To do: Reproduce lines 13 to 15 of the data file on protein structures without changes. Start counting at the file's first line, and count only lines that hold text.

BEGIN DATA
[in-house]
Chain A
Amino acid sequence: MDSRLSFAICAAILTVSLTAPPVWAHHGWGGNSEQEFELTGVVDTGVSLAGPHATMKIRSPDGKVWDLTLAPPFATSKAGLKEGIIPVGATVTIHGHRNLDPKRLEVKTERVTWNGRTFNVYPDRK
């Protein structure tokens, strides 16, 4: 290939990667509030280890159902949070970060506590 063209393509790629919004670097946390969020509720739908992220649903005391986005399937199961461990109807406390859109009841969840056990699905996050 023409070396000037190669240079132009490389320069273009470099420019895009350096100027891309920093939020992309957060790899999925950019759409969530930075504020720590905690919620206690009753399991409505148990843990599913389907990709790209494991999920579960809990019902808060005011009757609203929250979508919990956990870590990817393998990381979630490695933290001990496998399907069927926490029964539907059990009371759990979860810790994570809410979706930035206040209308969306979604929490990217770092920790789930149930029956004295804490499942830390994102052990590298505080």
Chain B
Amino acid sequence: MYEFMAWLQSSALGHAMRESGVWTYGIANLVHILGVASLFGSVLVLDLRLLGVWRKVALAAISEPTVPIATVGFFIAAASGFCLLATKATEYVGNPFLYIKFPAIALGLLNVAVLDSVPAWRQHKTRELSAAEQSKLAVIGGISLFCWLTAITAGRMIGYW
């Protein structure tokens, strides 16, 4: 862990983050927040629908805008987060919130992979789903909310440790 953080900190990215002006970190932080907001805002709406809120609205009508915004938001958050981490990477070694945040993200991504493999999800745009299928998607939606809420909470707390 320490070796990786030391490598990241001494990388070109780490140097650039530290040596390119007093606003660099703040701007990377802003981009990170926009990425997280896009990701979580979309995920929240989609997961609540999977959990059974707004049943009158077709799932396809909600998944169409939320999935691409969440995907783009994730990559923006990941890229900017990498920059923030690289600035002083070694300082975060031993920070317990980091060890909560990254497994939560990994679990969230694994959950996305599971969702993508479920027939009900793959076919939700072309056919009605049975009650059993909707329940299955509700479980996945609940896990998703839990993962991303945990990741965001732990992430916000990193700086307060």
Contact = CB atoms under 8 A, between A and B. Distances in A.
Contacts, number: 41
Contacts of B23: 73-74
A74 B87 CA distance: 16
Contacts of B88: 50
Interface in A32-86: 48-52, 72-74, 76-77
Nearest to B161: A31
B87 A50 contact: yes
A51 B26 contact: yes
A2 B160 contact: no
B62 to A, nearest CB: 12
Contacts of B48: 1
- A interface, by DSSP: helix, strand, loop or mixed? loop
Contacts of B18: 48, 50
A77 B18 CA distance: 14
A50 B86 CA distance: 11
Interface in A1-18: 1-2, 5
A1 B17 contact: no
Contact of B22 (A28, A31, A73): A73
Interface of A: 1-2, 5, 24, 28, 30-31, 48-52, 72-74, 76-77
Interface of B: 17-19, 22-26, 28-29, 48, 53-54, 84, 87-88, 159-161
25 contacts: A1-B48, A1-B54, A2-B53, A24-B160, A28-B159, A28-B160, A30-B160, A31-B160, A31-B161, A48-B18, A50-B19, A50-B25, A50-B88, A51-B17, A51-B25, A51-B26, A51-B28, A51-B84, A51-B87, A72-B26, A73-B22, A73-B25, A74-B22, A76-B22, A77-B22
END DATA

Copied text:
Interface in A32-86: 48-52, 72-74, 76-77
Nearest to B161: A31
B87 A50 contact: yes